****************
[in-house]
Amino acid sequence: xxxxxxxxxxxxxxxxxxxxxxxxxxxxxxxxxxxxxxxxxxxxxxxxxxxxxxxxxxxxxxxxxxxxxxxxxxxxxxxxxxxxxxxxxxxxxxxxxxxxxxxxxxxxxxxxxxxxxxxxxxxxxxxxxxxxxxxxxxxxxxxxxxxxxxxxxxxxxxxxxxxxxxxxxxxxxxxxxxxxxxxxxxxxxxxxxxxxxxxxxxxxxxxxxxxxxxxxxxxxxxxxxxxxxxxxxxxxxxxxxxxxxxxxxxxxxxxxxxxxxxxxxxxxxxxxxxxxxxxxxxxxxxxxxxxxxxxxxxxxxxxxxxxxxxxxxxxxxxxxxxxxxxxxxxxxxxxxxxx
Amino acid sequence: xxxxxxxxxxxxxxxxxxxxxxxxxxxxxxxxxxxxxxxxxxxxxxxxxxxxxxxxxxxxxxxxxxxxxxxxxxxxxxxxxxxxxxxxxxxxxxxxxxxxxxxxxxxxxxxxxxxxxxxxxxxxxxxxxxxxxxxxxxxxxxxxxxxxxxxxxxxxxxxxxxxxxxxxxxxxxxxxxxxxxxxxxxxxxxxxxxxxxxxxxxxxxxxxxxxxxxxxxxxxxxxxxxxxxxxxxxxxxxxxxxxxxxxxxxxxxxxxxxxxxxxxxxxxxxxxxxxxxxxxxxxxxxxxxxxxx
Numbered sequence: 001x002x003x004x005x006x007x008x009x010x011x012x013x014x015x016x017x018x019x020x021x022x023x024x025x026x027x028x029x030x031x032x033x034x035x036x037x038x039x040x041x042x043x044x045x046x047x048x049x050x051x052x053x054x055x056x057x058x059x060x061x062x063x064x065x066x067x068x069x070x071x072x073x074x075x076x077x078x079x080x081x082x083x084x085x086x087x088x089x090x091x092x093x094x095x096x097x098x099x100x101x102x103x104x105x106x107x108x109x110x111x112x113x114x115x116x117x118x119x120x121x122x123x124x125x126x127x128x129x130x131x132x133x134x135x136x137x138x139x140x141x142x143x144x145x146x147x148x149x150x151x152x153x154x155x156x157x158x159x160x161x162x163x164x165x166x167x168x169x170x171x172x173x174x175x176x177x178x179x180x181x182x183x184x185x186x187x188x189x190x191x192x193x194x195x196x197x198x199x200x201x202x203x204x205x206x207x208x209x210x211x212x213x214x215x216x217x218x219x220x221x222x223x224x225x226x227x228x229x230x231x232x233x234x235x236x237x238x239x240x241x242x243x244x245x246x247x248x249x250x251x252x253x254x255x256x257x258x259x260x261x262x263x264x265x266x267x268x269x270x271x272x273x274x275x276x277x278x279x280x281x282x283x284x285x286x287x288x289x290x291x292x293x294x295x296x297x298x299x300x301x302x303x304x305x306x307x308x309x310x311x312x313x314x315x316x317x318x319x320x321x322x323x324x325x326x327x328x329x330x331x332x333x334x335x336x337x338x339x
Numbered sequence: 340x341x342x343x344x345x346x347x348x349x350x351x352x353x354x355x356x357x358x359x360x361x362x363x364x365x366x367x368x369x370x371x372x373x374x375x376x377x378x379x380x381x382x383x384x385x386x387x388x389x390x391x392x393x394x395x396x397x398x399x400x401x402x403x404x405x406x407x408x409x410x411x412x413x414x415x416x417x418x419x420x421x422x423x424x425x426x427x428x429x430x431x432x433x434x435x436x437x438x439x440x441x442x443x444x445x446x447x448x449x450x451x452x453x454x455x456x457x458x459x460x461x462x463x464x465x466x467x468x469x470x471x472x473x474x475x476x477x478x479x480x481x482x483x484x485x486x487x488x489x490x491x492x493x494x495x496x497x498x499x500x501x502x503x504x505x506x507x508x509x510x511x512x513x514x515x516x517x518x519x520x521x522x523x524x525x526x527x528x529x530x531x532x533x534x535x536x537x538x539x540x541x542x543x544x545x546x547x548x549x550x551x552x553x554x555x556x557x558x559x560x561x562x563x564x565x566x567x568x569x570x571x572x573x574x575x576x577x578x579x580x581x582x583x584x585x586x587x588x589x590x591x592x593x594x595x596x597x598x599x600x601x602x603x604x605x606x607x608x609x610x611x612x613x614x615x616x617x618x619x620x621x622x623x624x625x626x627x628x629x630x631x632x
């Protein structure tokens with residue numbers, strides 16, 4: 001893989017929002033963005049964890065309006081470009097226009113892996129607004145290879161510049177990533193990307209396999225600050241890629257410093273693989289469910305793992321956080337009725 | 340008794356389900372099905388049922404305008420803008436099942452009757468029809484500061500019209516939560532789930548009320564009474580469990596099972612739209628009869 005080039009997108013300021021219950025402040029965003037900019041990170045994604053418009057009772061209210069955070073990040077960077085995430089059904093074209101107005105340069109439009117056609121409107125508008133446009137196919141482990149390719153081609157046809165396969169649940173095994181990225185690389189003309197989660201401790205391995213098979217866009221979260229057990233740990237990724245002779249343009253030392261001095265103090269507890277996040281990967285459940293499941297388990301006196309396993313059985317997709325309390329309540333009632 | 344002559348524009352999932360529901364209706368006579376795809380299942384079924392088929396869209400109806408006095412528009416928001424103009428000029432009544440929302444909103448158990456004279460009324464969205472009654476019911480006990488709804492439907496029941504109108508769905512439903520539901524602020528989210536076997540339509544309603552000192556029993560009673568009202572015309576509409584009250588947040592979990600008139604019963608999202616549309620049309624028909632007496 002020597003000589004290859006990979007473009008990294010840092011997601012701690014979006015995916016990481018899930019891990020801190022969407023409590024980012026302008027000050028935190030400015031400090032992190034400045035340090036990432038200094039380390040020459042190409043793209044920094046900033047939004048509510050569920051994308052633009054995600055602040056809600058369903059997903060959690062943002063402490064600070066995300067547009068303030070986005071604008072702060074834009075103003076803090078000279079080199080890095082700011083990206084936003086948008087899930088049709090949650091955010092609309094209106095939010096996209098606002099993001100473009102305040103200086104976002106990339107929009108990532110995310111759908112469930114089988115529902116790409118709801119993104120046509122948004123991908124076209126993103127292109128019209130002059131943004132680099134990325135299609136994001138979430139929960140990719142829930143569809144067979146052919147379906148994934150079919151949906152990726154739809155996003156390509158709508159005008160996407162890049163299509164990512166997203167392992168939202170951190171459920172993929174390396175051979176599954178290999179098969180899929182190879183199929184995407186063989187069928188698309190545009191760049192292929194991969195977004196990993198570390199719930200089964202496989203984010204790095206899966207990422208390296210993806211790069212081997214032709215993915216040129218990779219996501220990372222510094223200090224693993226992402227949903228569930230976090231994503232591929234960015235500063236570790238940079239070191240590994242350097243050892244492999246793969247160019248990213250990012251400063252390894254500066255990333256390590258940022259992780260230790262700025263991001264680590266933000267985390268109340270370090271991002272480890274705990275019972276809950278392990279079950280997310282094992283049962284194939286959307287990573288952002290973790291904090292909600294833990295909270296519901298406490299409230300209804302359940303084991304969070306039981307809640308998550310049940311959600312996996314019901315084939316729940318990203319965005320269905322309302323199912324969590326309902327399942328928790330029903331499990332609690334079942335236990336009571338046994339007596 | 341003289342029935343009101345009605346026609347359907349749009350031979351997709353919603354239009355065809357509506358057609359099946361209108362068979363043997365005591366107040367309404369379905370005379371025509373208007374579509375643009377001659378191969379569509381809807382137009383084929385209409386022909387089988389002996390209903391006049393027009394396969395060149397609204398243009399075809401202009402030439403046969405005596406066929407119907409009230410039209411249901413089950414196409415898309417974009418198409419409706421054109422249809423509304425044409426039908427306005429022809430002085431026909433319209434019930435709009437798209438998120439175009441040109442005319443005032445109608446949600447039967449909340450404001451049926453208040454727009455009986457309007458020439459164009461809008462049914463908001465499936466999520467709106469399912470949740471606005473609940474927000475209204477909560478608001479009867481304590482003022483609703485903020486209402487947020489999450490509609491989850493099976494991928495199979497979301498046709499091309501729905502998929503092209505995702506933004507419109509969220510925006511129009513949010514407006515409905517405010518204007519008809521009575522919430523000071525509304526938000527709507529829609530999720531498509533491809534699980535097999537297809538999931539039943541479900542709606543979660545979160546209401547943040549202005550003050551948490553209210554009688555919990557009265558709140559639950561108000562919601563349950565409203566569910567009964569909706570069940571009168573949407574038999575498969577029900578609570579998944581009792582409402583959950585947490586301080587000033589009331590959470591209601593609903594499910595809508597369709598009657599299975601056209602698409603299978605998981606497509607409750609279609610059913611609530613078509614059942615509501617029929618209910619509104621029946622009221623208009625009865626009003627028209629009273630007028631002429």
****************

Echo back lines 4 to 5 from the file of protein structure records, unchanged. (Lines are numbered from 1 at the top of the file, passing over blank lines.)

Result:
Numbered sequence: 001x002x003x004x005x006x007x008x009x010x011x012x013x014x015x016x017x018x019x020x021x022x023x024x025x026x027x028x029x030x031x032x033x034x035x036x037x038x039x040x041x042x043x044x045x046x047x048x049x050x051x052x053x054x055x056x057x058x059x060x061x062x063x064x065x066x067x068x069x070x071x072x073x074x075x076x077x078x079x080x081x082x083x084x085x086x087x088x089x090x091x092x093x094x095x096x097x098x099x100x101x102x103x104x105x106x107x108x109x110x111x112x113x114x115x116x117x118x119x120x121x122x123x124x125x126x127x128x129x130x131x132x133x134x135x136x137x138x139x140x141x142x143x144x145x146x147x148x149x150x151x152x153x154x155x156x157x158x159x160x161x162x163x164x165x166x167x168x169x170x171x172x173x174x175x176x177x178x179x180x181x182x183x184x185x186x187x188x189x190x191x192x193x194x195x196x197x198x199x200x201x202x203x204x205x206x207x208x209x210x211x212x213x214x215x216x217x218x219x220x221x222x223x224x225x226x227x228x229x230x231x232x233x234x235x236x237x238x239x240x241x242x243x244x245x246x247x248x249x250x251x252x253x254x255x256x257x258x259x260x261x262x263x264x265x266x267x268x269x270x271x272x273x274x275x276x277x278x279x280x281x282x283x284x285x286x287x288x289x290x291x292x293x294x295x296x297x298x299x300x301x302x303x304x305x306x307x308x309x310x311x312x313x314x315x316x317x318x319x320x321x322x323x324x325x326x327x328x329x330x331x332x333x334x335x336x337x338x339x
Numbered sequence: 340x341x342x343x344x345x346x347x348x349x350x351x352x353x354x355x356x357x358x359x360x361x362x363x364x365x366x367x368x369x370x371x372x373x374x375x376x377x378x379x380x381x382x383x384x385x386x387x388x389x390x391x392x393x394x395x396x397x398x399x400x401x402x403x404x405x406x407x408x409x410x411x412x413x414x415x416x417x418x419x420x421x422x423x424x425x426x427x428x429x430x431x432x433x434x435x436x437x438x439x440x441x442x443x444x445x446x447x448x449x450x451x452x453x454x455x456x457x458x459x460x461x462x463x464x465x466x467x468x469x470x471x472x473x474x475x476x477x478x479x480x481x482x483x484x485x486x487x488x489x490x491x492x493x494x495x496x497x498x499x500x501x502x503x504x505x506x507x508x509x510x511x512x513x514x515x516x517x518x519x520x521x522x523x524x525x526x527x528x529x530x531x532x533x534x535x536x537x538x539x540x541x542x543x544x545x546x547x548x549x550x551x552x553x554x555x556x557x558x559x560x561x562x563x564x565x566x567x568x569x570x571x572x573x574x575x576x577x578x579x580x581x582x583x584x585x586x587x588x589x590x591x592x593x594x595x596x597x598x599x600x601x602x603x604x605x606x607x608x609x610x611x612x613x614x615x616x617x618x619x620x621x622x623x624x625x626x627x628x629x630x631x632x